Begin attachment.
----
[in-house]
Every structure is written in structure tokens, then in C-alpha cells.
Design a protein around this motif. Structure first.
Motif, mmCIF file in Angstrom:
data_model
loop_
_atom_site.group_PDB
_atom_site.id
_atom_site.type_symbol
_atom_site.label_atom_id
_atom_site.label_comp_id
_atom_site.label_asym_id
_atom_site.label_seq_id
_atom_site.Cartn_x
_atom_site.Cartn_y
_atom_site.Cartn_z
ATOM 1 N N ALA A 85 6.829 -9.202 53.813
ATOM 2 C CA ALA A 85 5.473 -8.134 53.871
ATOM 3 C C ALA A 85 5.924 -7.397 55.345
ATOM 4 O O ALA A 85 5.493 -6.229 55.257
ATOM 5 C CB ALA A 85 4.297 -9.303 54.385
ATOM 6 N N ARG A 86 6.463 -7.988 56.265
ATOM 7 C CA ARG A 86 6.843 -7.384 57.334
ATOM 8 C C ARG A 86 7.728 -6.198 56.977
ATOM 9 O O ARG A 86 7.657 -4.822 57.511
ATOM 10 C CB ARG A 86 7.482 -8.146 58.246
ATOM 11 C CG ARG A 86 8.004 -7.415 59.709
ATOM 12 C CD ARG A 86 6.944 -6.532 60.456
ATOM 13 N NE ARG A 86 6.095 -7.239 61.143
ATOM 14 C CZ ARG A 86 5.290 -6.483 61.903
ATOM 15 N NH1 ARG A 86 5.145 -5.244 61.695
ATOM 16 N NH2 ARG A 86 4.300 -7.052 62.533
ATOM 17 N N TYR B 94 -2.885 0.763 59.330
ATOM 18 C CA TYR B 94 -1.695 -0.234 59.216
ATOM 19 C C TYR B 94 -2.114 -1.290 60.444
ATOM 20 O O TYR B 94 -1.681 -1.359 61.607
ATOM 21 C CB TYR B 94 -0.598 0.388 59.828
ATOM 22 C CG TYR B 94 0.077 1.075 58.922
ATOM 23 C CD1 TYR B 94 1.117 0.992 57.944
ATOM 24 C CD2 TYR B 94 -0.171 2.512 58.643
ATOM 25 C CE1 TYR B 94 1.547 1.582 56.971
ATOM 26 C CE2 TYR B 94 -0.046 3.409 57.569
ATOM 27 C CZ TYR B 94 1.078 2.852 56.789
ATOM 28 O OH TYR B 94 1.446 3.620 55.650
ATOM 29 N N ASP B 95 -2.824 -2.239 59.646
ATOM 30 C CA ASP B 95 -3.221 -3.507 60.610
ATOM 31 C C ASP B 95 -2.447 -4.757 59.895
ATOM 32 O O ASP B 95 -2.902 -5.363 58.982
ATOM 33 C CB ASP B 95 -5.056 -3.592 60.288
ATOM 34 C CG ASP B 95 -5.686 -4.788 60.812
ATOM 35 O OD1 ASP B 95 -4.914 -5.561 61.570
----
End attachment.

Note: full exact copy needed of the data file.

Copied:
[in-house]
Every structure is written in structure tokens, then in C-alpha cells.
Design a protein around this motif. Structure first.
Motif, mmCIF file in Angstrom:
data_model
loop_
_atom_site.group_PDB
_atom_site.id
_atom_site.type_symbol
_atom_site.label_atom_id
_atom_site.label_comp_id
_atom_site.label_asym_id
_atom_site.label_seq_id
_atom_site.Cartn_x
_atom_site.Cartn_y
_atom_site.Cartn_z
ATOM 1 N N ALA A 85 6.829 -9.202 53.813
ATOM 2 C CA ALA A 85 5.473 -8.134 53.871
ATOM 3 C C ALA A 85 5.924 -7.397 55.345
ATOM 4 O O ALA A 85 5.493 -6.229 55.257
ATOM 5 C CB ALA A 85 4.297 -9.303 54.385
ATOM 6 N N ARG A 86 6.463 -7.988 56.265
ATOM 7 C CA ARG A 86 6.843 -7.384 57.334
ATOM 8 C C ARG A 86 7.728 -6.198 56.977
ATOM 9 O O ARG A 86 7.657 -4.822 57.511
ATOM 10 C CB ARG A 86 7.482 -8.146 58.246
ATOM 11 C CG ARG A 86 8.004 -7.415 59.709
ATOM 12 C CD ARG A 86 6.944 -6.532 60.456
ATOM 13 N NE ARG A 86 6.095 -7.239 61.143
ATOM 14 C CZ ARG A 86 5.290 -6.483 61.903
ATOM 15 N NH1 ARG A 86 5.145 -5.244 61.695
ATOM 16 N NH2 ARG A 86 4.300 -7.052 62.533
ATOM 17 N N TYR B 94 -2.885 0.763 59.330
ATOM 18 C CA TYR B 94 -1.695 -0.234 59.216
ATOM 19 C C TYR B 94 -2.114 -1.290 60.444
ATOM 20 O O TYR B 94 -1.681 -1.359 61.607
ATOM 21 C CB TYR B 94 -0.598 0.388 59.828
ATOM 22 C CG TYR B 94 0.077 1.075 58.922
ATOM 23 C CD1 TYR B 94 1.117 0.992 57.944
ATOM 24 C CD2 TYR B 94 -0.171 2.512 58.643
ATOM 25 C CE1 TYR B 94 1.547 1.582 56.971
ATOM 26 C CE2 TYR B 94 -0.046 3.409 57.569
ATOM 27 C CZ TYR B 94 1.078 2.852 56.789
ATOM 28 O OH TYR B 94 1.446 3.620 55.650
ATOM 29 N N ASP B 95 -2.824 -2.239 59.646
ATOM 30 C CA ASP B 95 -3.221 -3.507 60.610
ATOM 31 C C ASP B 95 -2.447 -4.757 59.895
ATOM 32 O O ASP B 95 -2.902 -5.363 58.982
ATOM 33 C CB ASP B 95 -5.056 -3.592 60.288
ATOM 34 C CG ASP B 95 -5.686 -4.788 60.812
ATOM 35 O OD1 ASP B 95 -4.914 -5.561 61.570